# A congruence with the Euler's totient function and sum of divisors function

Can you provide a proof or a counterexample to the claim given below ?

Inspired by the congruence $1.2$ in this paper I have formulated the following claim :

Let $n$ be a natural number , let $\sigma(n)$ be sum of divisors function and let $\varphi(n)$ be Euler's totient function , then :

$$(2^n-1)(2^{\sigma(n)}-1) \equiv 3 \pmod {2^{\varphi(n)}-1}$$

for all primes and no composite with the exception of $4$ and $6$ .

I have tested this claim up to $5 \cdot 10^5$ .

I was searching for a counterexample using the following two PARI/GP codes :

SigmaTotient1(lb,ub)={
forprime(n=lb,ub,
if(!(Mod((2^n-1)*(2^sigma(n)-1),2^eulerphi(n)-1)==3),print(n)))
}

SigmaTotient2(lb,ub)={
forcomposite(n=lb,ub,
if((Mod((2^n-1)*(2^sigma(n)-1),2^eulerphi(n)-1)==3),print(n)))
}


Remark

More generally we can formulate the following claim :

Let $b$ and $n$ be a natural numbers , $b \ge 2$ , then

$$\frac{b^n-1}{b-1}\cdot \frac{b^{\sigma(n)}-1}{b-1} \equiv b+1 \pmod {\frac{b^{\varphi(n)}-1}{b-1}}$$

for all primes and no composite with the exception of $4$ and $6$ .

• Nice criterion, if it is actually true. – Peter Jan 14 '18 at 13:06

Let $n=p_1^{a_1}\cdot p_2^{a_2}\cdots p_k^{a_k}$.
Since $\phi(n)$ is divisible by $p_i$ if the exponent $a_i$ is greater than $1$, we have then: $p_i\mid \phi(n), p_i\mid n$ which means that $2^n-1, 2^{\phi(n)}-1$ are both divisible by $2^{p_i}-1$.

If the congruence you mention holds, then $2^{p_i}-1$ must divide $3$, which means $2^{p_i}-1=3$ and $p_i=2$.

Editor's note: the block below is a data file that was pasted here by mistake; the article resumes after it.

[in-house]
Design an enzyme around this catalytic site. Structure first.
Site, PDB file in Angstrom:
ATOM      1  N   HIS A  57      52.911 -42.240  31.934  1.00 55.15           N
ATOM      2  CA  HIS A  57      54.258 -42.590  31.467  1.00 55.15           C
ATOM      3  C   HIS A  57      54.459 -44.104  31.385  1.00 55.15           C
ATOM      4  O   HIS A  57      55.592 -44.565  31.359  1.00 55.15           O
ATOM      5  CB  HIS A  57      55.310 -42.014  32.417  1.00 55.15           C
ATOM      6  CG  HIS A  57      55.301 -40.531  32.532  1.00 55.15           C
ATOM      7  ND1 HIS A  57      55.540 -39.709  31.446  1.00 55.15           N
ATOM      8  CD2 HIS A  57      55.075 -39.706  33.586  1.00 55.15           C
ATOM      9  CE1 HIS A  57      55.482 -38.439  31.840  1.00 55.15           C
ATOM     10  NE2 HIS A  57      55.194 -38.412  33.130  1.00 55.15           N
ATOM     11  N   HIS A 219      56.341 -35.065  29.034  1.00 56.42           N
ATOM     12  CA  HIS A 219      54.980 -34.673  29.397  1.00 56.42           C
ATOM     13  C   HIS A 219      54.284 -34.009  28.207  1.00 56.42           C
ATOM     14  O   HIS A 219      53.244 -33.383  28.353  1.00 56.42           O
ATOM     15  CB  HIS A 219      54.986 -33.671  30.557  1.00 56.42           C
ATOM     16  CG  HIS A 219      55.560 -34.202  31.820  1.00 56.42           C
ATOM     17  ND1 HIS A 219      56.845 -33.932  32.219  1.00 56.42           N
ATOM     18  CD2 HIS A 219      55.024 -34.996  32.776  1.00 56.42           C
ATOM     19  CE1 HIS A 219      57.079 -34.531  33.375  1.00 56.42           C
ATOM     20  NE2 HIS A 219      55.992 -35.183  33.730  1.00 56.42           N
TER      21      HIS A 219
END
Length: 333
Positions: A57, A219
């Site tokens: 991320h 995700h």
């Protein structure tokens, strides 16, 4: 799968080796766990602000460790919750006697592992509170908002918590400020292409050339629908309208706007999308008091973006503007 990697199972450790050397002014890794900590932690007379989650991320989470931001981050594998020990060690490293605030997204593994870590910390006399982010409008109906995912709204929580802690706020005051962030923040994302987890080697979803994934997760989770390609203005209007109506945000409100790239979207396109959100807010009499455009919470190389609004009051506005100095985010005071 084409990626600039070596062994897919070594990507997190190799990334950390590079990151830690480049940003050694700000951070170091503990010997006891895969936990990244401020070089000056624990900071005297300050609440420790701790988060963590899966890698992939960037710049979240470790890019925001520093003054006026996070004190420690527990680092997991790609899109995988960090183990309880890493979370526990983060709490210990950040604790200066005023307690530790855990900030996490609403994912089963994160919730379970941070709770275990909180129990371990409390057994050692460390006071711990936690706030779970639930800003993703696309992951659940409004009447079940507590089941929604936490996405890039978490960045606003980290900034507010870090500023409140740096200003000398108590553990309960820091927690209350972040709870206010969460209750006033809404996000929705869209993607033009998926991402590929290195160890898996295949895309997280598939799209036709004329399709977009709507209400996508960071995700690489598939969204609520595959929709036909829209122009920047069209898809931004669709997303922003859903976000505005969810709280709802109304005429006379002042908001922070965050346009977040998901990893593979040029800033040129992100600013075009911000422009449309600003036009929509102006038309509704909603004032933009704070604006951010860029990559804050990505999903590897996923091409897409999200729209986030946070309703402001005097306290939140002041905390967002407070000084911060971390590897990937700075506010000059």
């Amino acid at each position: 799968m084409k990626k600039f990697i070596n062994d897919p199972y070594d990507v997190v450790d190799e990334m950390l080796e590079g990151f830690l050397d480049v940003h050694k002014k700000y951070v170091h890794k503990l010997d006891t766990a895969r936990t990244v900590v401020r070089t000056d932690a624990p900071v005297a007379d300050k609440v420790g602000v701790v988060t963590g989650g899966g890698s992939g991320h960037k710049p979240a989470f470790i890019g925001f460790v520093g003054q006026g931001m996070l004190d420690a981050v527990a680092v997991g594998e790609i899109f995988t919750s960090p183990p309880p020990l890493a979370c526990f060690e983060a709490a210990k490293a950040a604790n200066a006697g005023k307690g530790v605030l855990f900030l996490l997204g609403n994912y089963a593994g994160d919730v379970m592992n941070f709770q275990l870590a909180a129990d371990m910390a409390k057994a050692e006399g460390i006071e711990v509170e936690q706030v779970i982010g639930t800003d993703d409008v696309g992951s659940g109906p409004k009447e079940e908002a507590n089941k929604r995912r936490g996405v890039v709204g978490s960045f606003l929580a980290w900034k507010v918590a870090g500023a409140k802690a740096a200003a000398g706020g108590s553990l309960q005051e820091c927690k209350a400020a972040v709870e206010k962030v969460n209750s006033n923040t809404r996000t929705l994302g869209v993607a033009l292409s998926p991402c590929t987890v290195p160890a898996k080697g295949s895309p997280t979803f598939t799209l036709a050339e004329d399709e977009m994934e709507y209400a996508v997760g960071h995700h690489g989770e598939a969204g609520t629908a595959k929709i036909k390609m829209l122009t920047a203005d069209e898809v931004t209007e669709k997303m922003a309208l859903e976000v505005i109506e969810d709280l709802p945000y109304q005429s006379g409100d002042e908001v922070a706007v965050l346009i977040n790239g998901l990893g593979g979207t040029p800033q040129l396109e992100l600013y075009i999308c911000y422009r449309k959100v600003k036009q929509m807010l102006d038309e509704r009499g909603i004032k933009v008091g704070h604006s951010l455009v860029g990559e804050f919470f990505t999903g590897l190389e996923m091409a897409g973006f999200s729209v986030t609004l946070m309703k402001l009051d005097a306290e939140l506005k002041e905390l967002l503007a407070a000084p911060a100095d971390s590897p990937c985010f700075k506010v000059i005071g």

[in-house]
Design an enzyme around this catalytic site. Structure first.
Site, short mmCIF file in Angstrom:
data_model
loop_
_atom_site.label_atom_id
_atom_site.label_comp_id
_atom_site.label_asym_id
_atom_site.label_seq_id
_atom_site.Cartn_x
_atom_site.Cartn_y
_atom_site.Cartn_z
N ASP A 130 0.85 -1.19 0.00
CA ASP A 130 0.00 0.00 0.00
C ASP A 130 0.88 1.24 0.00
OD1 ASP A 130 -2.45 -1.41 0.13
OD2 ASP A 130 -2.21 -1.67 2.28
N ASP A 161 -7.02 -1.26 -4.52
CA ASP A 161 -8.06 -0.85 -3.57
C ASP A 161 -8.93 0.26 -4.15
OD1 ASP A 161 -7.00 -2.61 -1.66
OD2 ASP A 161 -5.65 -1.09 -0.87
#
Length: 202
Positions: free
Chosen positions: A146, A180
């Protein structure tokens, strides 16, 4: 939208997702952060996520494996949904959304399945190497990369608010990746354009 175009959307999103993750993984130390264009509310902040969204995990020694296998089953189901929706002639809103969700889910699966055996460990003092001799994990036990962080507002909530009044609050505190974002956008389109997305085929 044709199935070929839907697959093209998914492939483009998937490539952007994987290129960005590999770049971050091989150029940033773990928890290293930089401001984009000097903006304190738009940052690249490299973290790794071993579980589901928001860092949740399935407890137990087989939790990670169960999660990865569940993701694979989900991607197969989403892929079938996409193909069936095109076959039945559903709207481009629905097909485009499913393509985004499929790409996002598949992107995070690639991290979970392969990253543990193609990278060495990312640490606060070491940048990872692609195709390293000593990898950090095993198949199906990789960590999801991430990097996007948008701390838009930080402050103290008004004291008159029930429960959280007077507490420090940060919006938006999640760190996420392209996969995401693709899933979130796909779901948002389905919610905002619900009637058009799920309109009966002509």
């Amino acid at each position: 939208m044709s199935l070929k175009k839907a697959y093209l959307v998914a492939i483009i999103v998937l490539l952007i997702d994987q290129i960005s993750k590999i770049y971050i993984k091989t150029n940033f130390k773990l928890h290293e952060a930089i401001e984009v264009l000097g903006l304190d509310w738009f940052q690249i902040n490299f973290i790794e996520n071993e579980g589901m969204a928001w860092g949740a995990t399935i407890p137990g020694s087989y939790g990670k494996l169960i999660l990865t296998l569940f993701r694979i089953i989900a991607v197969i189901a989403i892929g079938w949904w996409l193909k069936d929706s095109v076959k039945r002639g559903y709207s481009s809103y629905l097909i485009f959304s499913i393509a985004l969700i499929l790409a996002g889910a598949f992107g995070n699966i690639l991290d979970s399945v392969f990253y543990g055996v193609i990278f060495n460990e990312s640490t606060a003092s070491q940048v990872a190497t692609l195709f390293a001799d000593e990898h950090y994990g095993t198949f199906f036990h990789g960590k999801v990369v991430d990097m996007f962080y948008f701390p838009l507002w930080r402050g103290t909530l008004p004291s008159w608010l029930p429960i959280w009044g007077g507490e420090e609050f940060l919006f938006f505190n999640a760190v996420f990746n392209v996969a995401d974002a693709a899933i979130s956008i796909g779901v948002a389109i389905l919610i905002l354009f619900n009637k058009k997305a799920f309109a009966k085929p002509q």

This shows that $n=2^{a}\cdot p_2\cdots p_k$.

But then, $\sigma(n)=\frac{2^{a_1+1}-1}{2-1}(p_2+1)\cdots (p_k+1)$ which is divisible (since the other primes are odd) by $2^{k-1}$ and $\phi(n)$ is also divisible by $2^{k-1}$.
This means that (again from the congruence) $2^{2^{k-1}}-1$ divides $3$, which shows $k-1=1\Rightarrow k=2$ and $n=2^a\cdot p$. If $a\ge2$, then $2^{\phi(n)}-1$ is divisible by $5$ and so is $2^{n}-1$ which means that $5\mid 3$ which is false.
This shows the following:
If $n$ is odd, then clearly is a prime.
If it is even, then $n=2p$.
But, now (if $n=2p$) we can see from the congruence that $(2^{2p}-1)(2^{3p+3}-1)\equiv 3\pmod{2^{p-1}-1}$. But from Fermat's Little theorem we know that $2^{p-1}\equiv 1\pmod{p}$, so $(2^{2p}-1)(2^{3p+3}-1)\equiv 3\pmod{p}$ which yields $(2^2-1)(2^3\cdot 2^3-1)\equiv 3\pmod{p}$ and finally $p\mid 362$.
We can check if the even divisors of $362$ satisfy your claim and we are done.
I think this proves the claim.

• I do not understand why you don't accept the answer since it is correct and you need it so much (since you offer a bounty) – Konstantinos Gaitanas Jan 22 '18 at 16:40